Rio+20 draft text is 283 paragraphs of fluff | The Great Transition | Scoop.it
George Monbiot: World leaders have spent 20 years bracing themselves to express 'deep concern' about the world's environmental crises, but not to do anything about them...

 

I agree with Monbiot. History will look back in 2100 to this event as the final failure of several generations of policymakers and business leaders who could have prevented collapse. To be forgotten as soon as possible. One thing is certain: there will not be a Rio+40.

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Rio+20: WBCSD president says the future of the planet rests on business

Rio+20: WBCSD president says the future of the planet rests on business | The Great Transition | Scoop.it
With a disappointing political outcome at Rio+20, the president of the WBCSD says the only option is for business to spring into action and implement change at scale...

 

Can big business embrace limits to growth, develop a business model beyond short-term profit, empower leaders who advocate social and wage equality, adopt a no-lobby code, convince the fossil-fuel sector that the age of oil and gas has to end asap, tell the financial sector to downsize and serve the real economy, help SMEs to go sustainable? All very unlikely I would bet.

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Who do you trust: Mother Nature or Mr. Wizard?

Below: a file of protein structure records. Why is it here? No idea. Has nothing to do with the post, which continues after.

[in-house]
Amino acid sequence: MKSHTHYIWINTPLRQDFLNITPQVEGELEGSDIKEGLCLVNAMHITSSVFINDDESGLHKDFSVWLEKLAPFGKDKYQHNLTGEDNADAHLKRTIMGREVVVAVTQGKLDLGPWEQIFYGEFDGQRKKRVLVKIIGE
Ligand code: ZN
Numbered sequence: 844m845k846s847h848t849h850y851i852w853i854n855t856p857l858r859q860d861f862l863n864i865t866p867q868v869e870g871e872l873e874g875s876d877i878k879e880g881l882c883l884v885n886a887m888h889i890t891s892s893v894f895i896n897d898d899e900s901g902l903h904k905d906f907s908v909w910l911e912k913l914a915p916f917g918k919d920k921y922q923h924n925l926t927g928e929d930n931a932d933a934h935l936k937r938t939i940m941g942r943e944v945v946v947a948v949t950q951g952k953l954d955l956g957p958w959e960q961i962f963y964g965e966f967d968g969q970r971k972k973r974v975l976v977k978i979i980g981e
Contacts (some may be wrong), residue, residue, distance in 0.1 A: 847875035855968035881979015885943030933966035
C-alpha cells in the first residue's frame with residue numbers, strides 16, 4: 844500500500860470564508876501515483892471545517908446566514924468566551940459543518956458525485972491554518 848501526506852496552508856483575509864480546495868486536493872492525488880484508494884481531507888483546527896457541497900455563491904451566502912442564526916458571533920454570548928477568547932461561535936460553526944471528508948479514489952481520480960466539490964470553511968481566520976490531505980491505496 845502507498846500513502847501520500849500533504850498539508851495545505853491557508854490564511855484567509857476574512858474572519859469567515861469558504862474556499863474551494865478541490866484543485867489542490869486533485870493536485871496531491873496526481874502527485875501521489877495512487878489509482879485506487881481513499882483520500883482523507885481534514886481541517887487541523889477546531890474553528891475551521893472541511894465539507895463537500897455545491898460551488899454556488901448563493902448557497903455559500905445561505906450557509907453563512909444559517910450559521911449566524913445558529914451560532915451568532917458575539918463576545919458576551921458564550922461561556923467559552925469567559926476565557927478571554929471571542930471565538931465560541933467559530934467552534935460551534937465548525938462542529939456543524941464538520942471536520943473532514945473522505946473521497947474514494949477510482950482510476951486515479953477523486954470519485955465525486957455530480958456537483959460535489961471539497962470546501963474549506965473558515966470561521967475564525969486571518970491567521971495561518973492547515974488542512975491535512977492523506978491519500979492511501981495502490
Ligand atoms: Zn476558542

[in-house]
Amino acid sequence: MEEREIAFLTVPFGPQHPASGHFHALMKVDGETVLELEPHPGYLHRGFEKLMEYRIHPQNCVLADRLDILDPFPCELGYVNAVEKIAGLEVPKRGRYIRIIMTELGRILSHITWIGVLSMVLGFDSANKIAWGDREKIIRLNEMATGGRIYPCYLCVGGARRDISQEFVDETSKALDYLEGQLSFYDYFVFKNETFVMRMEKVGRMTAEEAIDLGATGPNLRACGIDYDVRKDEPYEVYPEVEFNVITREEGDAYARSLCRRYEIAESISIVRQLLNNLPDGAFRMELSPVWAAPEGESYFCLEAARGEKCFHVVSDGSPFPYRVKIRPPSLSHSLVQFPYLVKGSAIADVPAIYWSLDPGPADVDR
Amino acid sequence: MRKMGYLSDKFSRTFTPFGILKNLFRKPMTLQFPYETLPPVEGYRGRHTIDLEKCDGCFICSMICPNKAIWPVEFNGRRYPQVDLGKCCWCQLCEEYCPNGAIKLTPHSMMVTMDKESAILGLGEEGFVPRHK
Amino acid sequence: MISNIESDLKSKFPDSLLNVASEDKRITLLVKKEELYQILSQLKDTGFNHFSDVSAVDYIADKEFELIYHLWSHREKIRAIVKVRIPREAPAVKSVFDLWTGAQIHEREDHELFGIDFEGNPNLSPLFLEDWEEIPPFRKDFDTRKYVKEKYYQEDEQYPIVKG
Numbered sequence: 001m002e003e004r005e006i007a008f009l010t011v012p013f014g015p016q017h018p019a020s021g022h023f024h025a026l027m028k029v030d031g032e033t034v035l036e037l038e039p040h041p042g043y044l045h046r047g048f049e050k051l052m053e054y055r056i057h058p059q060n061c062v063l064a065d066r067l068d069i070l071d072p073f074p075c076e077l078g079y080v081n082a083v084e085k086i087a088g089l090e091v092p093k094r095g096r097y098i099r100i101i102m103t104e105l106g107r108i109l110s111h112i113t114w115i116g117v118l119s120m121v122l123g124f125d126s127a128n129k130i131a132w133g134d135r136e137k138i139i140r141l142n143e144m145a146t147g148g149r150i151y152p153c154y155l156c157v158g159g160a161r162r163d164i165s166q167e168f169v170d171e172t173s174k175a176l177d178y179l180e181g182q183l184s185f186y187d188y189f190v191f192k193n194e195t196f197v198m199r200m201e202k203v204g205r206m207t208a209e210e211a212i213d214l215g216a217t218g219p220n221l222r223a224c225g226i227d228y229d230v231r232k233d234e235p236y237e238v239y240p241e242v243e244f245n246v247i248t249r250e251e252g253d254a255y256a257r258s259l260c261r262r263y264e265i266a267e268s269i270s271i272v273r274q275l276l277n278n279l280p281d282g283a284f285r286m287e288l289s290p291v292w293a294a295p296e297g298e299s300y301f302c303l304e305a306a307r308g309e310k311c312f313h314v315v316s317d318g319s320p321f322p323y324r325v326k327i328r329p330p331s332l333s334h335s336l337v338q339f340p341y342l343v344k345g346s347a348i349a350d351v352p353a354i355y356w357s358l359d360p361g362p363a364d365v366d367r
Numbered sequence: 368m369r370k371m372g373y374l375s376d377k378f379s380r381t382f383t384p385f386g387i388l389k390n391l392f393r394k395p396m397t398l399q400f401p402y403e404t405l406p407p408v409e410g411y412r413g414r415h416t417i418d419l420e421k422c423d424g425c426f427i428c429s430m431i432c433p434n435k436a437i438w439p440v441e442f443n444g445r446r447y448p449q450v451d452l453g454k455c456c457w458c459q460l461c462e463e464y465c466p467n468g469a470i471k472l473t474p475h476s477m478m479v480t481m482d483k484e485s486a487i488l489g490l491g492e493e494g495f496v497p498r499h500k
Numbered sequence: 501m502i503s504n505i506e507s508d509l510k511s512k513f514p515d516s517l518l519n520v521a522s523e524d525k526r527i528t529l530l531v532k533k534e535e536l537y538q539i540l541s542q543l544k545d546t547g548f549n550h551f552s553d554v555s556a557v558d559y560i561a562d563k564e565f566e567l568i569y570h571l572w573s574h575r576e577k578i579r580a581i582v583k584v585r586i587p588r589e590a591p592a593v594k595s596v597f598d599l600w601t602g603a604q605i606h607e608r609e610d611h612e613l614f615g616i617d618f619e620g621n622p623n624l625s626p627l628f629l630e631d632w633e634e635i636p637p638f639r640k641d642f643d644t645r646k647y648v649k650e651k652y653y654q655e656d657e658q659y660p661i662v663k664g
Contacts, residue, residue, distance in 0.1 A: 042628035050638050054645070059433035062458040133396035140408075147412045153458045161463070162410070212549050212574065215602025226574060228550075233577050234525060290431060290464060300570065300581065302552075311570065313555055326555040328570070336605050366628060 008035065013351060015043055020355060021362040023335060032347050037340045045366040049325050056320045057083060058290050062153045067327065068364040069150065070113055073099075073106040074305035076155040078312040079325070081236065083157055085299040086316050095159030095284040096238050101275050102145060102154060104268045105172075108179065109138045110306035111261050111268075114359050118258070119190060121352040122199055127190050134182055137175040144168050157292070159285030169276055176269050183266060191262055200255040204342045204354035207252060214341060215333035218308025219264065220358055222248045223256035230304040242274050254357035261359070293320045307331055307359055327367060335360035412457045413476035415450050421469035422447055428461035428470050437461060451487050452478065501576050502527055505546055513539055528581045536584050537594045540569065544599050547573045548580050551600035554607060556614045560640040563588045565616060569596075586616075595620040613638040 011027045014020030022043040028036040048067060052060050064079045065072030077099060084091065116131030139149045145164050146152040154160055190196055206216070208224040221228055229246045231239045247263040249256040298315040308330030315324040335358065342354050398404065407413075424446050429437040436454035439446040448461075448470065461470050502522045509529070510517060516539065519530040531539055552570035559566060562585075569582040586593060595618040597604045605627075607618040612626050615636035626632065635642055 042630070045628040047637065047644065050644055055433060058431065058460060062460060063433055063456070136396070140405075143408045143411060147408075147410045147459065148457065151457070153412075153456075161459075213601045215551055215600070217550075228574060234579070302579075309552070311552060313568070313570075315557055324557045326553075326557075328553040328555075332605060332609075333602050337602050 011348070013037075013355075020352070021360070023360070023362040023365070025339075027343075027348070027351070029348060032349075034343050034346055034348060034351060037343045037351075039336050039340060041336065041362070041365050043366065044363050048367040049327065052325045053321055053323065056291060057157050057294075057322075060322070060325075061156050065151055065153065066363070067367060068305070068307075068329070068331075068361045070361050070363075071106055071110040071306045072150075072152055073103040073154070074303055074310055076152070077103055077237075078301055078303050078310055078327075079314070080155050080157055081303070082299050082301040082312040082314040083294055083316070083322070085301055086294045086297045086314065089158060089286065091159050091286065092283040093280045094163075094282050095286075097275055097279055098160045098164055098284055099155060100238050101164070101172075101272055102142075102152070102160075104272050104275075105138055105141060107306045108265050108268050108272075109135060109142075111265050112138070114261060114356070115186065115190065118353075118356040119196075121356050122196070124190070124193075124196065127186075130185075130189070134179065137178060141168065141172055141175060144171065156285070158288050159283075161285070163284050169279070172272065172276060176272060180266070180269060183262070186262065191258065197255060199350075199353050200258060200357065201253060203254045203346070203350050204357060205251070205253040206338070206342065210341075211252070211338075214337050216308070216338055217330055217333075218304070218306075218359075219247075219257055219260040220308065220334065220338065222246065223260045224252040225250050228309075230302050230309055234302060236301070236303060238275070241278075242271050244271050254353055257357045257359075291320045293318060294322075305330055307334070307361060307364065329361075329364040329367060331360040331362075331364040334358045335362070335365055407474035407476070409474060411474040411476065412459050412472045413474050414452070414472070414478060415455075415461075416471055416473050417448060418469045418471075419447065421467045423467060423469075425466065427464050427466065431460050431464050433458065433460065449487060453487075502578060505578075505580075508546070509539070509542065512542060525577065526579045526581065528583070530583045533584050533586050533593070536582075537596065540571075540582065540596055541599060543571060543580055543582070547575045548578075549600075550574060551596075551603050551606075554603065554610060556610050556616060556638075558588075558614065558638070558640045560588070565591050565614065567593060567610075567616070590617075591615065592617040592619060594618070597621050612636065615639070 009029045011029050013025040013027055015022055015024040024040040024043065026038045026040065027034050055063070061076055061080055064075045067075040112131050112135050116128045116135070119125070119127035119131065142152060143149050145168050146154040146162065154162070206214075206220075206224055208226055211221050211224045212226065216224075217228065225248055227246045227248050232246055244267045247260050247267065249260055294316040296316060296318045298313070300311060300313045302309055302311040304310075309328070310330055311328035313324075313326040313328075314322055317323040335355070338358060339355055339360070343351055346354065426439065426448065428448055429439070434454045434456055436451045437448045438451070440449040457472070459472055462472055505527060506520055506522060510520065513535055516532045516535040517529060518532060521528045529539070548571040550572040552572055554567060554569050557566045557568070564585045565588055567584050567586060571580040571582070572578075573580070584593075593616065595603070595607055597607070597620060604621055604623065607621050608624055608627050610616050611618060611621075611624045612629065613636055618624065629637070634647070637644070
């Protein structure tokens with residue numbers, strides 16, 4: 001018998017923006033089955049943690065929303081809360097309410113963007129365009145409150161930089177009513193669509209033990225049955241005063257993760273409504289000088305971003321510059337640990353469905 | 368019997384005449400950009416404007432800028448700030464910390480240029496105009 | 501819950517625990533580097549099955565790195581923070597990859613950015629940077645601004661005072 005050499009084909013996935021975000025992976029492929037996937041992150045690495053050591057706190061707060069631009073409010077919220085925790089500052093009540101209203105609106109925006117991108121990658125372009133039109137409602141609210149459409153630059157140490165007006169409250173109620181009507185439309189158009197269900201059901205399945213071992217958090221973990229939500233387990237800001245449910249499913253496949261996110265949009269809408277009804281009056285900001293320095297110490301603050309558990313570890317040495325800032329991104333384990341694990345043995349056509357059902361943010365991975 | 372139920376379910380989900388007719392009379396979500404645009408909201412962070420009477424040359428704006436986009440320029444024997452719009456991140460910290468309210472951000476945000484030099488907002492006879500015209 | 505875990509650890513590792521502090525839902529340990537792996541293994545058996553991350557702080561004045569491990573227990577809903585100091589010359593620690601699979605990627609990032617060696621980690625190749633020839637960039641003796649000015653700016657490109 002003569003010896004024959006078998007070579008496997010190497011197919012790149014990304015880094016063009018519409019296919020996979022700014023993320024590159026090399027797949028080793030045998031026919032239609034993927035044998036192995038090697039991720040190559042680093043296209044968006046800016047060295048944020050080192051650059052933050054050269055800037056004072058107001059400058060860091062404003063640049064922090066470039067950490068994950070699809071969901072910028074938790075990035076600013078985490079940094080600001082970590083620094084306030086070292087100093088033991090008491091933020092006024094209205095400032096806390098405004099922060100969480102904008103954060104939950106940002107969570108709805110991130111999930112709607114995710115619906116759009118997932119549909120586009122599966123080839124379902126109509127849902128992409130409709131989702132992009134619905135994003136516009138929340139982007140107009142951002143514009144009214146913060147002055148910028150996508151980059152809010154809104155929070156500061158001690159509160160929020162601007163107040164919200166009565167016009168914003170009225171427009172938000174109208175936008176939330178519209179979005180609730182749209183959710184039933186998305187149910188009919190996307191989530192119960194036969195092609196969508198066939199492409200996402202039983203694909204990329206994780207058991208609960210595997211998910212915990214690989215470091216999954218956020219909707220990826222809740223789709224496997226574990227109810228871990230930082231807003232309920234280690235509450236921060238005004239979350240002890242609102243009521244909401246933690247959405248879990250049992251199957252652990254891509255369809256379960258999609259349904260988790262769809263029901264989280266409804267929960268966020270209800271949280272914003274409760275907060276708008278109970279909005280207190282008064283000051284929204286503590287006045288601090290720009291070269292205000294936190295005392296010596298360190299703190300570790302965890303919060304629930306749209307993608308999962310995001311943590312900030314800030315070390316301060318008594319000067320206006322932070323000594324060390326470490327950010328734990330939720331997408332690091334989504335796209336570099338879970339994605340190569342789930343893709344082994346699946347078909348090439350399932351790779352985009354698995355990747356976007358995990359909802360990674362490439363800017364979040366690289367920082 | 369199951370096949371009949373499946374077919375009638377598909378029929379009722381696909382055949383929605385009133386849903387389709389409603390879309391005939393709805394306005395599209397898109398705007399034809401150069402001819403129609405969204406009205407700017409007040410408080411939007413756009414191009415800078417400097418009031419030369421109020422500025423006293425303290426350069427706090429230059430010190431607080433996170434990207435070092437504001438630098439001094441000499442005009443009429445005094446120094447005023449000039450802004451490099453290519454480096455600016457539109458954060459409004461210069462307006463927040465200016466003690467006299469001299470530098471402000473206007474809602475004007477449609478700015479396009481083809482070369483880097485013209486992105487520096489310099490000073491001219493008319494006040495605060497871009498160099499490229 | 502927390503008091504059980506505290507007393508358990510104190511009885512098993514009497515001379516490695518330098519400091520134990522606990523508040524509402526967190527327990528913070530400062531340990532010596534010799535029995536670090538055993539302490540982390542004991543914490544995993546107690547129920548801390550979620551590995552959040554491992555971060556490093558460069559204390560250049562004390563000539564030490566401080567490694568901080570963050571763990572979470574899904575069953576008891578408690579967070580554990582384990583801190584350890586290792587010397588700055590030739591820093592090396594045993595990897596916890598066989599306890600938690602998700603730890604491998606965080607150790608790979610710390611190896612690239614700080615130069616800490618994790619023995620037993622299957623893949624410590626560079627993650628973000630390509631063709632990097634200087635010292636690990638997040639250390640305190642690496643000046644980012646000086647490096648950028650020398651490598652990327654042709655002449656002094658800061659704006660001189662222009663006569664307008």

Who do you trust: Mother Nature or Mr. Wizard? | The Great Transition | Scoop.it

"The planetary boundary framework is problematic for neo-environmentalists because it is only by charging ahead in some of these areas—especially land use—that humans can really take control of Earth and engineer it into . . . well, whatever we want it to be. The Breakthrough report argues therefore that, “With the notable exception of climate, there is little reason to assume that other conditions that characterized the Holocene are particularly important to human material welfare.” So there. That wave of the hand gives humans plenty of maneuvering room, so now let’s get to work and see what we can make out of this random collection of rocks, water, and atmosphere."

 

Brilliant critique by Richard Heinberg of the new "environmentalism" which wants to geo-engineer and change the planet's boundaries.

 

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"Green Unilateralism"

Rather than seeking to contain this unilateralism, world leaders should leverage it in pursuit of global public goods. Such a strategy’s success depends on three factors: a focus on a small number of big-ticket national and regional actions, adequate policy leverage over these actions, and international coalitions to steer them along a legitimate path.

 

Realistic assessment by Simon Zadek of what we can and should expect from Rio+20: no global consensus but targeted unilateral steps towards sustainability.